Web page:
As this site is now more mortuary than blog, onto more pleasant topics. One of the best things about a week away from the big city is the opportunity to read books, rather than the usual run of magazines, newspapers, and website that keep me up to date on the directorial departed. I've started John Berendt's Venice-set followup to Midnight in the Garden of Good and Evil, The City of Falling Angels. This after finishing Martin Cruz Smith's latest thriller spotlighting the indefatigable investigator ,Stalin's Ghost, which arrived on my birthday.
I've read most of Smith's novels since the late 1970s, when his New Mexico-set vampire bat spooker Nightwing flapped across my desk (an excellent novel that deserves a cinematic do-over; the 1979 film version, from lightweight director Arthur Hiller, is terrible.) Other books of his have dealt with Los Alamos and Pearl Harbor. But the cornerstone of his reputation are the six Renko novels, which commenced with the best-selling Gorky Park in 1981, which was made into a so-so 1983 movie with William Hurt. Detective thrillers are ideal for burrowing into cloistered societies, and Smith started writing them at an ideal moment, as the Soviet Union started its thaw back into Russia. The first sequel, Polar Star, took the disgraced Renko to Siberia; the next, Red Square, back to the Soviet Union in its dying days. Havana Bay was no day at the beach for the detective in sunny, corrupt Cuba. My favorite was the last one, 2004's Chernobyl-set Wolves Eat Dogs, which, with its radiation poisoning killings, eerily anticipates the recent Russia/Britain spy flap. Has no one noticed the connection?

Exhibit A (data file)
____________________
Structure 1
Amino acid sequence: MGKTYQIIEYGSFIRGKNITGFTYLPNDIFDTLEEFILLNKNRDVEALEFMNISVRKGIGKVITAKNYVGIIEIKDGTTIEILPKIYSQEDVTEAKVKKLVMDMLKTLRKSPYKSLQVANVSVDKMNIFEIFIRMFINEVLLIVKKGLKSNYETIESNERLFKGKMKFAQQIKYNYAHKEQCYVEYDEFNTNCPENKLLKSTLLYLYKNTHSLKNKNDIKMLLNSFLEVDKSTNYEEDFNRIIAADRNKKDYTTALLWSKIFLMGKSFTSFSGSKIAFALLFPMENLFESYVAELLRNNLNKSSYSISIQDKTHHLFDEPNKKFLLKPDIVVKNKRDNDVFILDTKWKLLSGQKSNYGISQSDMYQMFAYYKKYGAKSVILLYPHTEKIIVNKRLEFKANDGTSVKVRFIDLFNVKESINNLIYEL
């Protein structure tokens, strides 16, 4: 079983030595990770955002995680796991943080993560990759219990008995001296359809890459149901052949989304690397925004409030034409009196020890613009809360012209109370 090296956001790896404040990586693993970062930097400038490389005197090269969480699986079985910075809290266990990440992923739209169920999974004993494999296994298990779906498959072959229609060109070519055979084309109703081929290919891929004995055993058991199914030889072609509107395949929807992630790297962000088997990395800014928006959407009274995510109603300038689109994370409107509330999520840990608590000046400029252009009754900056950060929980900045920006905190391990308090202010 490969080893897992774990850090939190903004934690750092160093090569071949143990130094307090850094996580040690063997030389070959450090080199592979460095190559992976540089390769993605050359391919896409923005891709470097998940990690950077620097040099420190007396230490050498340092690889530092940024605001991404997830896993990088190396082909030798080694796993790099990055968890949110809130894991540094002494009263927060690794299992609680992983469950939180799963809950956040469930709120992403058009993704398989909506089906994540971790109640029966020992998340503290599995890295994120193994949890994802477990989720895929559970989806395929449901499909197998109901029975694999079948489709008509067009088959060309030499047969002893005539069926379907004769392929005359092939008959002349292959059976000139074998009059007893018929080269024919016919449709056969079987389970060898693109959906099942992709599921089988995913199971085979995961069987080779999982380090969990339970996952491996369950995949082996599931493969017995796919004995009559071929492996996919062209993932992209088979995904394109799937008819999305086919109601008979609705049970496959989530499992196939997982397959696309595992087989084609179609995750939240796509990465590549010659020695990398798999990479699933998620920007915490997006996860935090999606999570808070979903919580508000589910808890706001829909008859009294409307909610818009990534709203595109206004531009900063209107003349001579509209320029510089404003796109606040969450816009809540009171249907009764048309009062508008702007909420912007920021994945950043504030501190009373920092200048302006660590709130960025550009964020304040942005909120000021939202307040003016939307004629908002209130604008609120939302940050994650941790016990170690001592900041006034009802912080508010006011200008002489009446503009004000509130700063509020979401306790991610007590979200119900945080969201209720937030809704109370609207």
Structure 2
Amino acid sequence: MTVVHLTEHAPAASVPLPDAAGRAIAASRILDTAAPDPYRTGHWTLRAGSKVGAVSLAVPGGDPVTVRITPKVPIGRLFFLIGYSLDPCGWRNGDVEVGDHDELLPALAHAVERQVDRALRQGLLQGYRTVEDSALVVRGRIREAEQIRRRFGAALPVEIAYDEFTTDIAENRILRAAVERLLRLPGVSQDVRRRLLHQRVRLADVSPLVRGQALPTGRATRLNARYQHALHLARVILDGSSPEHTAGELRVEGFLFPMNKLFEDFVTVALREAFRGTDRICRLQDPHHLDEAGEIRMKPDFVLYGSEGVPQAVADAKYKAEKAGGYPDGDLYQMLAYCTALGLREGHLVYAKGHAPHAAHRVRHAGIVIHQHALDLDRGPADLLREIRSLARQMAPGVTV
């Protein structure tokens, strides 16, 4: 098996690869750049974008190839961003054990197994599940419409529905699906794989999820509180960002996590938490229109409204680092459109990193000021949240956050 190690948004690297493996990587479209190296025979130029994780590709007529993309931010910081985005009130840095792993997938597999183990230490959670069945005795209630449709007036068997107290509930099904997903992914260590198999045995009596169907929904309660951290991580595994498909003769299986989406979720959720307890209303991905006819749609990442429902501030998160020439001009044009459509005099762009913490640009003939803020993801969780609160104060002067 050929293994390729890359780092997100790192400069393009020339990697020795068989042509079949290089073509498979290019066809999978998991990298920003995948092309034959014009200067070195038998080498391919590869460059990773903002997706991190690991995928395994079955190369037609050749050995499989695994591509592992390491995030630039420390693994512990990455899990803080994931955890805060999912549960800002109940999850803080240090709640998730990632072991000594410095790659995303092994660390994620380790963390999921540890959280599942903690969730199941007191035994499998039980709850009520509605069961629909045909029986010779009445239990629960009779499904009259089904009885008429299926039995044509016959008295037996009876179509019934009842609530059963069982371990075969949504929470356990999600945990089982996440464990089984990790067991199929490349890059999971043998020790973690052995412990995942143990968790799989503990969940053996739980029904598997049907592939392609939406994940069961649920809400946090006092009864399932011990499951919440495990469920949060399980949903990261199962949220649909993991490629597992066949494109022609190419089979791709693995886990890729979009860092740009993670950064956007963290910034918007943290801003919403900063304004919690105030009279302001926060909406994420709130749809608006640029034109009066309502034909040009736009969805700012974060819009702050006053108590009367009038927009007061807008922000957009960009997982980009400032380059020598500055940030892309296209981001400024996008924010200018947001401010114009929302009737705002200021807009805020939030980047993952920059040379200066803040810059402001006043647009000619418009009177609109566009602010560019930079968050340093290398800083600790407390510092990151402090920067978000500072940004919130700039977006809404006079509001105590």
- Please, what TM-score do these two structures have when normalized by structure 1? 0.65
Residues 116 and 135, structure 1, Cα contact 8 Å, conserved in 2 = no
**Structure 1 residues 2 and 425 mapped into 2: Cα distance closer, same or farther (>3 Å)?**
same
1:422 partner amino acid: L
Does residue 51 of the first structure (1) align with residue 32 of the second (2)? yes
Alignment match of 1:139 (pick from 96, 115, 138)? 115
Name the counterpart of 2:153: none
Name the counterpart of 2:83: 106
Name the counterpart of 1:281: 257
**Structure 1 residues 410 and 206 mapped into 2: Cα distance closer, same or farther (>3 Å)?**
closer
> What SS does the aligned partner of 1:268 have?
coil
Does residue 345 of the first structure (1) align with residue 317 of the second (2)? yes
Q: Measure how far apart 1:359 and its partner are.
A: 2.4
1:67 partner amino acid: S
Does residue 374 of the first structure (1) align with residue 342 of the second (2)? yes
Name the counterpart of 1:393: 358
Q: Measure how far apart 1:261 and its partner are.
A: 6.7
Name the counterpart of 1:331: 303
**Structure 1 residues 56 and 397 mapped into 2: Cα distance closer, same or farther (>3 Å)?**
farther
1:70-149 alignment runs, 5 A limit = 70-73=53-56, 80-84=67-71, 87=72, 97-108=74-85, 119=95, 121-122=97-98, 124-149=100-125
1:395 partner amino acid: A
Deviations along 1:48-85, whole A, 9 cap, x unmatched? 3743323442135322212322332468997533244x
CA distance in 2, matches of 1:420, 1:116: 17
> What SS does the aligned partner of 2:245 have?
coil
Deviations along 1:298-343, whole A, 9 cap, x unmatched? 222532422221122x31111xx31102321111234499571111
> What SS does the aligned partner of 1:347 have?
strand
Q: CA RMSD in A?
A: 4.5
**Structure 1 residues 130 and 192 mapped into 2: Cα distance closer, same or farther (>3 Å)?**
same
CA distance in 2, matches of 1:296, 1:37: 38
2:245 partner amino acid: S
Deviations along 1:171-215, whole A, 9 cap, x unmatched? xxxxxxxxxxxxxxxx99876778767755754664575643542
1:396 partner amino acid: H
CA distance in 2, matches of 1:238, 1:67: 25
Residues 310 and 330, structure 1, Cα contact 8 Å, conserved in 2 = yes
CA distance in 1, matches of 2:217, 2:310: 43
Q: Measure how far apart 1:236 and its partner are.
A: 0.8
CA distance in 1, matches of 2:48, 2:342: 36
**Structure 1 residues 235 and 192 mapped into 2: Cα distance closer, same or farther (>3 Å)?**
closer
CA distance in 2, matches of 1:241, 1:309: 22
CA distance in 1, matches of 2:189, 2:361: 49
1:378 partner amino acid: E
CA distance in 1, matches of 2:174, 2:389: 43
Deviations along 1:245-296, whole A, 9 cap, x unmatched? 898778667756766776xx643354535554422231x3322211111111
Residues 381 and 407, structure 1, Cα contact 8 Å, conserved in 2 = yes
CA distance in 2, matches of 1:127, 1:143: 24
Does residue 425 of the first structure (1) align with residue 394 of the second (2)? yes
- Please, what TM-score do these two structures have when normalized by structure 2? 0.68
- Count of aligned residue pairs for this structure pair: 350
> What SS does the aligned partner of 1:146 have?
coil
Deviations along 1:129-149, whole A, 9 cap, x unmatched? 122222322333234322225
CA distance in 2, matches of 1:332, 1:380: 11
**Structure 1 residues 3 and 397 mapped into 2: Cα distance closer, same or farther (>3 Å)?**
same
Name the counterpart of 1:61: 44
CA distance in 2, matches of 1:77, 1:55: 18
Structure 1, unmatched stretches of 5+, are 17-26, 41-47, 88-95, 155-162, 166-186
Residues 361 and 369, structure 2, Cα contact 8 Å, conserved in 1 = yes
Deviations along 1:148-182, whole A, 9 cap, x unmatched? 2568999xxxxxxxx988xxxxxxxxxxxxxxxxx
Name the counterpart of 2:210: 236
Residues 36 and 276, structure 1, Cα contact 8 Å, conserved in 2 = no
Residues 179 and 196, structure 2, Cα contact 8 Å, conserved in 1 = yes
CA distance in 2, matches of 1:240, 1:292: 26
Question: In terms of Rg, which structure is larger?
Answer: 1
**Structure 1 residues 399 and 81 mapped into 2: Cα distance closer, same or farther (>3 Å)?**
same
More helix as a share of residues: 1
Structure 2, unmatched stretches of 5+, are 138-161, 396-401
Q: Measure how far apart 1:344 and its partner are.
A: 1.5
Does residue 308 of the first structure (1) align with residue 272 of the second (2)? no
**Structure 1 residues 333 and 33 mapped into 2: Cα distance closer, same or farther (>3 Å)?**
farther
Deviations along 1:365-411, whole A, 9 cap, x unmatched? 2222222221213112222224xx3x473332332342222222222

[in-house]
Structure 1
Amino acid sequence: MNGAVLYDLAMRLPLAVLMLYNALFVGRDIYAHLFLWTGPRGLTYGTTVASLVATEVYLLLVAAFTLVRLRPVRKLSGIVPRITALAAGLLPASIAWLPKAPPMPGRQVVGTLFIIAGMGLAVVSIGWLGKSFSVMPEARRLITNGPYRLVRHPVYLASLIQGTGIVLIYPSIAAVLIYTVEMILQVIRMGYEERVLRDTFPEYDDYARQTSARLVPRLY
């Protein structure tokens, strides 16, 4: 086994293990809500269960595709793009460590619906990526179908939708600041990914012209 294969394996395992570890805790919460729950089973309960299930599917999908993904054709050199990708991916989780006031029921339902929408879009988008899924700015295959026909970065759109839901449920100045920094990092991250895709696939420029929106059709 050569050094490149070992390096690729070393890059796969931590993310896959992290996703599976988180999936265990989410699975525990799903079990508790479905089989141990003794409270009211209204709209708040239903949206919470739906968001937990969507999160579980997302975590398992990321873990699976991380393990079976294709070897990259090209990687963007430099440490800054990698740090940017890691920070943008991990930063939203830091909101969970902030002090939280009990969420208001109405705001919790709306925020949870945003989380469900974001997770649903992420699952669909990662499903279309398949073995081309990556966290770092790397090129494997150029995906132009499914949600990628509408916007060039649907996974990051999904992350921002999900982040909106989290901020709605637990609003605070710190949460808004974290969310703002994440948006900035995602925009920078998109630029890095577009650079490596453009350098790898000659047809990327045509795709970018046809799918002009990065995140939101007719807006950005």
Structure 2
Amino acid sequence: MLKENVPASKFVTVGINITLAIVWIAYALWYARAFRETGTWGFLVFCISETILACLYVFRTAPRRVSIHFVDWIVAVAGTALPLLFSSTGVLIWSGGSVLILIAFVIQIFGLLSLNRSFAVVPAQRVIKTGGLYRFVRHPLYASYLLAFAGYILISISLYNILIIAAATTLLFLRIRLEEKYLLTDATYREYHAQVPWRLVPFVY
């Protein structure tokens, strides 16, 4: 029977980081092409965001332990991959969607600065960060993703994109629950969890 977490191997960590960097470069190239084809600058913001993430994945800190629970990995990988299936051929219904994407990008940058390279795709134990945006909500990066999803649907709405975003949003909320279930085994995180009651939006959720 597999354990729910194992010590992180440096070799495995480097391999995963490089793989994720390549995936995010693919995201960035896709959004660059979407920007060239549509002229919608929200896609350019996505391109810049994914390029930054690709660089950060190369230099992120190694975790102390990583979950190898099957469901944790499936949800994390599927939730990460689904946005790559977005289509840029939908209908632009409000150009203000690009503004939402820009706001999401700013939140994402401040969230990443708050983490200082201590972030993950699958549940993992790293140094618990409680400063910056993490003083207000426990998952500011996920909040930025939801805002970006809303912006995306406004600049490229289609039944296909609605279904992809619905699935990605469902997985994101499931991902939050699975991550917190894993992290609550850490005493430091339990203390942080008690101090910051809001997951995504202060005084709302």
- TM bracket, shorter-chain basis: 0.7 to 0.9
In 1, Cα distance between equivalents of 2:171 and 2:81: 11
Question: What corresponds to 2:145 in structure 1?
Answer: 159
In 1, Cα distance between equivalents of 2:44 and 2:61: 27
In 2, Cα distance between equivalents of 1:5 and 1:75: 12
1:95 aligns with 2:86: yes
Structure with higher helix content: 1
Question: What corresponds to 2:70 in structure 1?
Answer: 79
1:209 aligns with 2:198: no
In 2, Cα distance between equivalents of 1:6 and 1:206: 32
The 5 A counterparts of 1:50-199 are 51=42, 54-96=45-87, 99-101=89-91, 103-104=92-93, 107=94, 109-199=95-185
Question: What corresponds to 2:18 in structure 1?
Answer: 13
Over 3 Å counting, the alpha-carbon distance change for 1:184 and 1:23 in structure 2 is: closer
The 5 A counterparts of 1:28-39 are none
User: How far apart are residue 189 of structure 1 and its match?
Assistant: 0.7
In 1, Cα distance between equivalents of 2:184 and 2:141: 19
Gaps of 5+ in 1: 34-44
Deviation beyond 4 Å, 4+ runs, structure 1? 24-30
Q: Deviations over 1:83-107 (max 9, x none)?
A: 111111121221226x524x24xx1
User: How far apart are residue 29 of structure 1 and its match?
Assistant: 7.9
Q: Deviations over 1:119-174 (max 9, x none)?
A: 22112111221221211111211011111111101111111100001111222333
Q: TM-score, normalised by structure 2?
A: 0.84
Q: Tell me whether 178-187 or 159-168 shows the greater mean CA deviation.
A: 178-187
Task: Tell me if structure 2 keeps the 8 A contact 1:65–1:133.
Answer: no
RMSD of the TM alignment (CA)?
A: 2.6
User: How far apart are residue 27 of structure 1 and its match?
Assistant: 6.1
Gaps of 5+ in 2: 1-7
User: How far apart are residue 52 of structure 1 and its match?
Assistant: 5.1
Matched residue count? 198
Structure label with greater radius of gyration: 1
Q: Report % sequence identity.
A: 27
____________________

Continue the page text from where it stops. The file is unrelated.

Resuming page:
In Stalin's Ghost, Renko, already struggling with a semi-adoptive son and a distant doctor girlfriend carried over from the last installment, grapples with soldiers from the Chechnya campaign who are regrouping as an American-advised political party in the new Russia. The great leader makes an appearance, metaphorically, as the novel deals with the creeping re-Stalinization of the country, where he is invoked as a martyr (Smith can only bring himself to use the name of Putin once), and literally: Renko's father was a general in his army, and there are flashbacks to their turbulent father-son relationship. There's a lot on Smith's plate this time, and the book moved quickly, and surely, as I sprinted toward the finish line. It's rare that series of books maintain such a high level of quality over a long period of time, and the author continues to do well by an inexhaustible subject he has made his own.
Note to PBS and the BBC: With Helen Mirren's Jane Tennison pensioned off, I suggest all the Renko books as more-than-suitable, and ever-topical, replacements for the mystery-starved.